REITs and the Foreign Investment Risk Review Modernization Act
On May 22, 2018 the Senate Banking and House Financial Services Committees each unanimously approved versions of the Foreign Investment Risk Review Modernization Act (FIRRMA; S. 2098 and HR 5841). These two similar bills are intended to strengthen the review of inbound foreign investment by the Committee for Foreign Investment in the United States (CFIUS), the interagency executive branch body with authority to review foreign transactions for potential national security concerns. Importantly for REITs, both bills would expand the list of covered transactions to explicitly include some foreign purchases and leases of real estate near military and other strategic facilities.
As currently drafted, the bills would expand CFIUS “covered” transactions to include the “purchase or lease by a foreign person”, or a “concession” offered to a foreign person, of “private or public real estate” located near an air or sea port, or in proximity to a military installation or other sensitive property. The Senate bill also contains language explicitly including real estate transactions that could “reasonably provide the foreign person the ability to collect information, otherwise expose national security activities,” or expose national security activities to “the risk of foreign surveillance.”
Both bills would, however, exclude properties in an “urbanized area,” as defined by the Bureau of Census, from the covered real estate definition “except as otherwise prescribed by the Committee on Foreign Investment in the U.S.” At present the U.S. Bureau of Census defines an “urbanized area” as one comprising more than 50,000 people.
Nareit is presently working with key members of Congress and staff in both chambers and in the Trump Administration to clarify that the purchase of shares in a U.S. listed REIT would not be considered a covered “purchase” of real estate under FIRRMA. Senior House and Senate staff have told us that the intent of this language is only to cover direct purchases of real property, not securities in REITs owning and operating properties.
Although these bills would explicitly add some real estate transactions to the statutory framework, CFIUS has long regarded real estate transactions involving properties located near critical infrastructure and sensitive facilities to be within its purview. In 2009 CFIUS effectively blocked an acquisition by a Chinese firm of a mining company near a military base. In 2012 a Chinese purchaser was required to divest a windfarm near a naval base. Most recently, CFIUS scrutinized, but ultimately permitted, the purchase the Waldorf Astoria hotel in New York by a Chinese firm.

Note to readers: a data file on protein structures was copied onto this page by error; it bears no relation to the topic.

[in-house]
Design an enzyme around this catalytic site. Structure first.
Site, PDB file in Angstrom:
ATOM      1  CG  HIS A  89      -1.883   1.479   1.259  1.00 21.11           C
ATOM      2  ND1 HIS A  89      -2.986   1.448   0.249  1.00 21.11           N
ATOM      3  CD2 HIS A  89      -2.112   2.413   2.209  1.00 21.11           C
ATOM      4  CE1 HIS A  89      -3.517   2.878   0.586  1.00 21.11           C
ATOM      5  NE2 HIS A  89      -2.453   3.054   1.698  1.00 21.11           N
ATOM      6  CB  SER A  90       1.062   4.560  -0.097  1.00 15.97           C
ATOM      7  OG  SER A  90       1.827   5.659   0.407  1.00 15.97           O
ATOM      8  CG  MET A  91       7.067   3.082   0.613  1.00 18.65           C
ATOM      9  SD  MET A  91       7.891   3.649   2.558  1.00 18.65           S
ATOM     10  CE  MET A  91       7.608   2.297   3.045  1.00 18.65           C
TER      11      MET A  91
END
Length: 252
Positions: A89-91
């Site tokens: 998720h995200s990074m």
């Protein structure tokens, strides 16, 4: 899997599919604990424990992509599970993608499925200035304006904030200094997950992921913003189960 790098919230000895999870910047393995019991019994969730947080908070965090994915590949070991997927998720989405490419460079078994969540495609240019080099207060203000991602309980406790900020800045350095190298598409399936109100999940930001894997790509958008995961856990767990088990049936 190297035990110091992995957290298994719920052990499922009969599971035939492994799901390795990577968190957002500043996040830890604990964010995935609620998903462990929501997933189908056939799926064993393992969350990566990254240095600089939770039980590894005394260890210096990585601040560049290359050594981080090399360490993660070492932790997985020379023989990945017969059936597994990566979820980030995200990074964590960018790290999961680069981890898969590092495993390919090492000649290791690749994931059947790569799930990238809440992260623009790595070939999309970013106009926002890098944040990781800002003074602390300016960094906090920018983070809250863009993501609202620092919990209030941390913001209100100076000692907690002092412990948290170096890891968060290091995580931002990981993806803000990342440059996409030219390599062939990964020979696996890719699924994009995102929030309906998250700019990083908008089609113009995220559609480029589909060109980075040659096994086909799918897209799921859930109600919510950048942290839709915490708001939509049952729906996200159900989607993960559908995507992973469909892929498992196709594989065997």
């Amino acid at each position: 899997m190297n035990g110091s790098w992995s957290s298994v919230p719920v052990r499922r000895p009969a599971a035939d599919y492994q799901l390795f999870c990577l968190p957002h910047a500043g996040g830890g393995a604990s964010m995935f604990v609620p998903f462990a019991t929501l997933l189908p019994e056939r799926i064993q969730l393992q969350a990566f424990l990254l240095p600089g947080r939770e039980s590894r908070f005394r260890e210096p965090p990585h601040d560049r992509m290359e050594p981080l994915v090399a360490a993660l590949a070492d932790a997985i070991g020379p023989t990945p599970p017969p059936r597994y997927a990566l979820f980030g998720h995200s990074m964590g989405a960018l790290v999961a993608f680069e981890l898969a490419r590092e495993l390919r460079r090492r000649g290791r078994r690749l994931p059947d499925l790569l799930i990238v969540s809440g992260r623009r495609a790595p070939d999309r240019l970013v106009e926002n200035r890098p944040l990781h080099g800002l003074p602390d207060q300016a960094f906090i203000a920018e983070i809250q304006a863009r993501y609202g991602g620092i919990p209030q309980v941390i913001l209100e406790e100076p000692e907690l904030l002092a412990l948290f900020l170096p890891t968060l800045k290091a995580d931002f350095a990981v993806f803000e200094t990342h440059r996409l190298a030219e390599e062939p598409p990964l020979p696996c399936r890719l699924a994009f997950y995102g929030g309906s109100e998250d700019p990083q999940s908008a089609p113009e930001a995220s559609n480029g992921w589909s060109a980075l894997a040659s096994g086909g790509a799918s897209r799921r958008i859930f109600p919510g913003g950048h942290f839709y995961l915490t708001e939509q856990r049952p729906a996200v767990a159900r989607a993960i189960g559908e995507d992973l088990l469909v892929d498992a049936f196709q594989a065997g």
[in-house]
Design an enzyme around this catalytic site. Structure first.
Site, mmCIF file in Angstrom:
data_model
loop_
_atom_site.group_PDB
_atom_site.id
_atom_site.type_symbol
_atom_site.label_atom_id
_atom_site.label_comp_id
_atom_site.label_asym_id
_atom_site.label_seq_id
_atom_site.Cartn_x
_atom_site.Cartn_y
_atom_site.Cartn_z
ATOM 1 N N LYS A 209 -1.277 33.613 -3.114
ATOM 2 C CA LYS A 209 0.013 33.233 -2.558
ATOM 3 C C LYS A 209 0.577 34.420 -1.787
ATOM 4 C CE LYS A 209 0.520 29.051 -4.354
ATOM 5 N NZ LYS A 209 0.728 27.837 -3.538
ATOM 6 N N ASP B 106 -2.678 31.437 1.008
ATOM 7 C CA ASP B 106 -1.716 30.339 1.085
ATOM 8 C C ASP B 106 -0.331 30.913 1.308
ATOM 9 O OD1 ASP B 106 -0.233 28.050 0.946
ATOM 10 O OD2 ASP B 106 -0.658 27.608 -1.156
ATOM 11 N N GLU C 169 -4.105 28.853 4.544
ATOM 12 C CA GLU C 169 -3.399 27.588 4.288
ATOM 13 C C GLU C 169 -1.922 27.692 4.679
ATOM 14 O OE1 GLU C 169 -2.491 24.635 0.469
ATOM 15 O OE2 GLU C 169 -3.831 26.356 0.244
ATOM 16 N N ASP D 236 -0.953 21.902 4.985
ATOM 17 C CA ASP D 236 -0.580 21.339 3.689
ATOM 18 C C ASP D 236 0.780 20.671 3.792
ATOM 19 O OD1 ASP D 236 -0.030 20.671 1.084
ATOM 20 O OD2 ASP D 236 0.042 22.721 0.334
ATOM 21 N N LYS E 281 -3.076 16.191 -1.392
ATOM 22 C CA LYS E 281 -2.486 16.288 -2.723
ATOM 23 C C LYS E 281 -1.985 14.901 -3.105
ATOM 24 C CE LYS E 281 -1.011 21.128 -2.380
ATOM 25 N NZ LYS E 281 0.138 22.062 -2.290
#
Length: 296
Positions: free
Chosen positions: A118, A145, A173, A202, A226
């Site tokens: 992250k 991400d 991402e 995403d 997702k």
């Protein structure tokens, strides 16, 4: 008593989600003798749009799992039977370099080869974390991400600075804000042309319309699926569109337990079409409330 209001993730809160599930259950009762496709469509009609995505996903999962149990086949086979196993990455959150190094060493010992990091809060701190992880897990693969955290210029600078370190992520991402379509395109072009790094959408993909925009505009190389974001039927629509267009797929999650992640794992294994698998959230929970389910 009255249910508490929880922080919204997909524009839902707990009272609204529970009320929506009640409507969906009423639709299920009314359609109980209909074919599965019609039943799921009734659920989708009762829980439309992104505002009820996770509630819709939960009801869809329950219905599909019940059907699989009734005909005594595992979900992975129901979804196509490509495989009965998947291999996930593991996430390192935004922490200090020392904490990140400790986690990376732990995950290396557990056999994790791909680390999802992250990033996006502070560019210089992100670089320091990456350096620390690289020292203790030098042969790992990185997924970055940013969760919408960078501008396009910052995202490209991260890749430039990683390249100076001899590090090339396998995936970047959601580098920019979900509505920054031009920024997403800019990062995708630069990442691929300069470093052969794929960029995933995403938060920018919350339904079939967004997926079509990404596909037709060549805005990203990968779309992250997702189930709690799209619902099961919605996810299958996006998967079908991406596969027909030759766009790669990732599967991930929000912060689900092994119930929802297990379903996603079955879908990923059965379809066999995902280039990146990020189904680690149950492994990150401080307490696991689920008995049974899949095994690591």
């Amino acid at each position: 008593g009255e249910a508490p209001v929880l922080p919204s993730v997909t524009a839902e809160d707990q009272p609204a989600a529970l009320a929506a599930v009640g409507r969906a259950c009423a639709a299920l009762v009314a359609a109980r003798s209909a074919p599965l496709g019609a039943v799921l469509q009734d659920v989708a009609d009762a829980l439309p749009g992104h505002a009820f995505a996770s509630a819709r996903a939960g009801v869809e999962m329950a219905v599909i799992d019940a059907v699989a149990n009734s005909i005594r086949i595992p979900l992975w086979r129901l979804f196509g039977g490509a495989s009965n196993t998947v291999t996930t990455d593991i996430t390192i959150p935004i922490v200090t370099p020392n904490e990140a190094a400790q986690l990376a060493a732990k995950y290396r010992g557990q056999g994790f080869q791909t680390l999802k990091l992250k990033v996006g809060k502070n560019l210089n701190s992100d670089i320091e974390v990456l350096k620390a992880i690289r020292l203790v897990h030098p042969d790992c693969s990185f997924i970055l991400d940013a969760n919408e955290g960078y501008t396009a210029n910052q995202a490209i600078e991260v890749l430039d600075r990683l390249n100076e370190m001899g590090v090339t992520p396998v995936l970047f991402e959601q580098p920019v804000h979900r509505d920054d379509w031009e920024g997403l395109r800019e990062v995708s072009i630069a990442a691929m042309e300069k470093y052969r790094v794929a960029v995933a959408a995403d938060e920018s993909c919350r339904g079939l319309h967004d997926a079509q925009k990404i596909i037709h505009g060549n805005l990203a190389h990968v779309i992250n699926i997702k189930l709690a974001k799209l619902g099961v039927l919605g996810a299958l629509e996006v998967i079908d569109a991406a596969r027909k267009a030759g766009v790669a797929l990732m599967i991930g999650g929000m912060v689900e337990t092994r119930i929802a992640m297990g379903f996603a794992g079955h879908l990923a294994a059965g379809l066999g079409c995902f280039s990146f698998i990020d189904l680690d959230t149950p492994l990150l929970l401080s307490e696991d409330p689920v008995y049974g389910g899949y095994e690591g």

Last year, three Democratic Senators formally requested that the U.S. Government Accountability Office (“GAO”) report to Congress on how CFIUS assesses national security risks with respect to foreign real estate investment. The Senators asked for specific information on whether CFIUS had effective means to evaluate whether foreign real estate transactions could afford a foreign investor with “physical or cyber access to U.S. government personnel and systems”. The GAO has not yet submitted its report.
Before reaching the House and Senate floor, the FIRRMA bills must be approved by the House and Senate Armed Services Committees for inclusion in the must-pass National Defense Authorization Act. Congressional staff has told us that they expect FIRRMA to be ready for floor consideration in each chamber in July.
In January the Trump Administration signaled support for FIRRMA and congressional efforts to enhance the CFIUS regime. However, in their committee markups, both the House Financial Services and Senate Banking Committees added language that would prevent the president from modifying any penalties on "Chinese telecommunication companies" unless the administration certifies that the company has not violated any U.S. laws for one year. These amendments, which reflected bipartisan disapproval of the Administration’s recent reversal of sanctions on the Chinese technology firm ZTE, could complicate final enactment.